Safe Browsing: 15. How I Browse

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15. How I Browse

IE8 is my default browser and the browser most HASA visitors use. Most of what I do here you can also do if Firefox is your default browser, and I suspect Chrome, Opera and Safari all offer comparable controls. If you are on XP with IE, you will not be able to use Protected Mode. If you run Firefox, no matter your OS, you will not have Protected Mode.

This is the status bar at the bottom of the IE window. I use it a lot.

The first thing I do is I click the "InPrivate" filtering button in the status bar at the bottom of the browser window so filtering is turned on. It's the icon with the little green arrow. (If you are running Firefox, this protection is not built in, but the AdBlock Plus add-on provides much of this functionality.) You can see from the status bar that Protected Mode is "On" and that I am in the "Internet" browser zone. The Privacy Report icon can be double clicked to show me what has or hasn't been blocked from the site.

Privacy Controls

In this case, I'm on the LA Times web site. What you are seeing is a list of all the things in the web page and where they come from – the cookies, the images, the JavaScript and so forth. This list shows me just the sites whose cookies I have blocked.

If I use the drop-down menu to see all sites, the list gets longer.

Now you can see the blocked cookies plus images that aren't blocked.

If I see a site that I don't recognize, I can select it, click "Summary" and review its privacy policy. Most don't have any, and I block all advertisers' and click trackers' cookies.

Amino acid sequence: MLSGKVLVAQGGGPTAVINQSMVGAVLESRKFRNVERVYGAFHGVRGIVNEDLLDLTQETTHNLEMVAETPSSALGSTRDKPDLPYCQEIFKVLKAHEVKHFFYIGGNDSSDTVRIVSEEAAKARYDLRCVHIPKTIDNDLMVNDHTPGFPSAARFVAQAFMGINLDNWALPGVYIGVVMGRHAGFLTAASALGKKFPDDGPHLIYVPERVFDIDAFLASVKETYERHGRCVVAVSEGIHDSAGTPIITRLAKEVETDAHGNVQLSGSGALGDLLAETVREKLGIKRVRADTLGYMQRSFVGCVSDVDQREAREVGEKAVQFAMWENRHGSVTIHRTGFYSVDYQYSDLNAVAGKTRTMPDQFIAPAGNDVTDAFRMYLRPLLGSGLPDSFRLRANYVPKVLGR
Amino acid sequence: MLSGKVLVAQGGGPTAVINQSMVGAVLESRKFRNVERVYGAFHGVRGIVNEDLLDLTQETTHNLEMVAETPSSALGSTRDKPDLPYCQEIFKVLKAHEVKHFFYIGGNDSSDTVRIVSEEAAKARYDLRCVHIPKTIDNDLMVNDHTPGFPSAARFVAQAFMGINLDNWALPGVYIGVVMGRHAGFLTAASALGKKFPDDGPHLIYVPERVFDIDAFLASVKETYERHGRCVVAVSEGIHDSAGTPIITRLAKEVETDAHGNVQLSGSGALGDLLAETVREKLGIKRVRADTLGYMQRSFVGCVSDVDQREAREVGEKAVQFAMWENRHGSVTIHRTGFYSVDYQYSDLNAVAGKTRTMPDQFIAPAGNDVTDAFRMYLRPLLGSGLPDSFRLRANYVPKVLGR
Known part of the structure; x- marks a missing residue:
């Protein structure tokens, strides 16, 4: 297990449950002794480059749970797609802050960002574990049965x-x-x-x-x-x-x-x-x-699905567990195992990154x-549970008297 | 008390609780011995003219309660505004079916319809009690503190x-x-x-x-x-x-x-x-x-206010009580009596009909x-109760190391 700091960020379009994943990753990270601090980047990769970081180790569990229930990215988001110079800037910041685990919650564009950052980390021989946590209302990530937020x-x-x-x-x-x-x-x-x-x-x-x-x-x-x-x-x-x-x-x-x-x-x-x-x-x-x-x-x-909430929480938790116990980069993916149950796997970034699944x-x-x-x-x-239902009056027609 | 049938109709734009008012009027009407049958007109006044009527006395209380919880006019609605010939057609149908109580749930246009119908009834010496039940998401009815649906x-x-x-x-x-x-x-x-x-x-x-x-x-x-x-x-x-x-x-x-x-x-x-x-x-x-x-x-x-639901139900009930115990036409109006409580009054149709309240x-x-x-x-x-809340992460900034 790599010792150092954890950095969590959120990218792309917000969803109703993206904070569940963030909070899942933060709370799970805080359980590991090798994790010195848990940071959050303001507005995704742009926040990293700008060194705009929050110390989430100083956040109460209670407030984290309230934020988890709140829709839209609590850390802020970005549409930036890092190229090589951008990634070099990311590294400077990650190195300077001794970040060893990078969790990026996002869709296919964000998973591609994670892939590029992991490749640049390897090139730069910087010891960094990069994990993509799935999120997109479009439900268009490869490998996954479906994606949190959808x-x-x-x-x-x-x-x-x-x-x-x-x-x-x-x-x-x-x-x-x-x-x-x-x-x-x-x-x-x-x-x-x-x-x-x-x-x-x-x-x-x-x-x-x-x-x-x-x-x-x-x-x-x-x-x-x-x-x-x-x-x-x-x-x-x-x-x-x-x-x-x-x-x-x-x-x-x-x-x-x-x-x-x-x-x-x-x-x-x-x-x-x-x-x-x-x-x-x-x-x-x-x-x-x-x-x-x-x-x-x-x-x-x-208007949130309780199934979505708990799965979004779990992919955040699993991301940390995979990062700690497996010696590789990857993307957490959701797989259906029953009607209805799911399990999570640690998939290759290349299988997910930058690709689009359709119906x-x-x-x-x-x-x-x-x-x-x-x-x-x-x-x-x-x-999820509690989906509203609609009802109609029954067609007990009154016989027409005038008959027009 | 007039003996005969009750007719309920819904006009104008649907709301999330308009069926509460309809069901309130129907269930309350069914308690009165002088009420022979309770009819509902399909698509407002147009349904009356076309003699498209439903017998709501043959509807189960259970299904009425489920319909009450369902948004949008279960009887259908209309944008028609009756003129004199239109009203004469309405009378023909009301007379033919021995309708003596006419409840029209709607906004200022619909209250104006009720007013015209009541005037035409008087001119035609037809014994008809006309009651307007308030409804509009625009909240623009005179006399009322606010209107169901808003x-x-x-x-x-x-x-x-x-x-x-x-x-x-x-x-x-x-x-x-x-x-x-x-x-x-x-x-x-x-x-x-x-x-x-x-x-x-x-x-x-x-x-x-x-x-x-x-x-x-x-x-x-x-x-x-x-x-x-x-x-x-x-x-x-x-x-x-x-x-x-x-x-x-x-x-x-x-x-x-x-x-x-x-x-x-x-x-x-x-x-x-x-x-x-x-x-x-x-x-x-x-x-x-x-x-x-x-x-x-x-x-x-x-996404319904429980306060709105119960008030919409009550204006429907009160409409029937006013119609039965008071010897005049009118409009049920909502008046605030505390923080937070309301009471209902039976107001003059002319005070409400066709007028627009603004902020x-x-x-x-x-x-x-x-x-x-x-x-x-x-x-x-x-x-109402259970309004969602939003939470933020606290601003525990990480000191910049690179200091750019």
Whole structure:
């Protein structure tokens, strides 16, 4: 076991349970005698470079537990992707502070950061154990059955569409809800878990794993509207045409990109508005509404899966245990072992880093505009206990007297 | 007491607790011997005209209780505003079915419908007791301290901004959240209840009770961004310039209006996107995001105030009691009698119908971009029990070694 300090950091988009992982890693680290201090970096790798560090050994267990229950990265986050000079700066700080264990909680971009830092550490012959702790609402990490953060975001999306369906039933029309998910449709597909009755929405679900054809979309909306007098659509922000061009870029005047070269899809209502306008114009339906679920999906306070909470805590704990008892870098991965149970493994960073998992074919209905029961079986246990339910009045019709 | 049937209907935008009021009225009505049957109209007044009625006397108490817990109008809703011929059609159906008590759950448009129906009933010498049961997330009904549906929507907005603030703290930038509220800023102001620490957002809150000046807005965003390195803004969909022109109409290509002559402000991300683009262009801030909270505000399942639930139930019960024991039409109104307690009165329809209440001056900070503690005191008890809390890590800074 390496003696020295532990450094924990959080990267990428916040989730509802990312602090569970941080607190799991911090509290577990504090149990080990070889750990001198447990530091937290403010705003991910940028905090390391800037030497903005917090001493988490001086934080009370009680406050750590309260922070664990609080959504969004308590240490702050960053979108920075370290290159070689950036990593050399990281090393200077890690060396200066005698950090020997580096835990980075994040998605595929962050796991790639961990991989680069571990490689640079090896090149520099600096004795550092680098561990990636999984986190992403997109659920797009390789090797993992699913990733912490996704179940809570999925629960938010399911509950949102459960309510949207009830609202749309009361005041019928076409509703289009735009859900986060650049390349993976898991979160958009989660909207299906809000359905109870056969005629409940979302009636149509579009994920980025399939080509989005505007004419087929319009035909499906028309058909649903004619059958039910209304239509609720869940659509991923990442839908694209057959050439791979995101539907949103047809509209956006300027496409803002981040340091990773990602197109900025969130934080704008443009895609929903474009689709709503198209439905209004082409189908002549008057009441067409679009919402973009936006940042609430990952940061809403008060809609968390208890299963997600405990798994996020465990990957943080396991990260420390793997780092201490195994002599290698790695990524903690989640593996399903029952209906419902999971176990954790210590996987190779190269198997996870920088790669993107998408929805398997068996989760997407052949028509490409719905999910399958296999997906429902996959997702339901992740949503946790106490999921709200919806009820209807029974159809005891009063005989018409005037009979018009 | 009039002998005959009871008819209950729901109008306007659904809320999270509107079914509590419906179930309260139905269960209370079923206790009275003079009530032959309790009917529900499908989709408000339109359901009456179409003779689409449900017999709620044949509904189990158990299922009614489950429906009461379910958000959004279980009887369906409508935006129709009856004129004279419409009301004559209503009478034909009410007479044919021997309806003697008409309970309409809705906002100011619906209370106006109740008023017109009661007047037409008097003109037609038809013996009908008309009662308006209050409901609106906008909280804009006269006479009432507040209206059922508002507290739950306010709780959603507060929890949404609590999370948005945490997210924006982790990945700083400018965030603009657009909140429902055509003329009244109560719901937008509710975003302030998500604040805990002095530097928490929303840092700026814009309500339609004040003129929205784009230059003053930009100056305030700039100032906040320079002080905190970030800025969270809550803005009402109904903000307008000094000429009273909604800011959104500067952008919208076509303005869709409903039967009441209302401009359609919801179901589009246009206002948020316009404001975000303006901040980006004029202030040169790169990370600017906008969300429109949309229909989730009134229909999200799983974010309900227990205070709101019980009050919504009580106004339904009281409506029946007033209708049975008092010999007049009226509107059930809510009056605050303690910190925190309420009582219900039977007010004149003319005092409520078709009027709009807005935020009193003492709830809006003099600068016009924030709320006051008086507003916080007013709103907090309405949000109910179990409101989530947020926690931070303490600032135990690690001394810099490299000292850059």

When I visit a website I haven't been to before and it tries to put cookies on my machine, I get notified.

It tells me which web site is trying to hand me a cookie and allows me to allow or block the cookie or all cookies. It also allows me to see more information about the cookie.

Clicking "More Info" gives me all of the background information about the cookie.

I can see the name, the site it is coming from, the expiration date, whether it is encrypted, if it is a 3rd Party cookie and if it is a session cookie.

If the site has a compact privacy policy, it will show here.

In most cases, I check the checkbox and I block the cookies.

Turn Flash On and Off

I'm also happy to browse the internet without Flash turned on.  If there is something I really want to see, I click the Manage Add-ons button in the tool bar or double click the Manage Add-ons icon in the Status bar depending on whether I'm at the top or the bottom of the page, find Adobe Shockwave Flash Object in the list and click the "Enable" button in the bottom right corner of the dialog box. After I view what I want to see, I repeat the process to disable it again. Everything runs faster with Flash off.

Add Trusted and Restricted Sites

If I am on a site that I want to add to either my Restricted or my Trusted site lists, I just double click the Status bar where it says "Internet" (remember, the default zone is Internet). A dialog box pops up and shows me the Security page.

I click on the Trusted Sites icon, and then I click on the "Sites" button under the zone icons.

In this case, I'm going to add HASA as a trusted site.

The dialog box automatically populates the Add field with the name of the site I am on.

Here's a little trick. I change the URL in the Add box to have an asterisk at the beginning of the name, instead of http://www .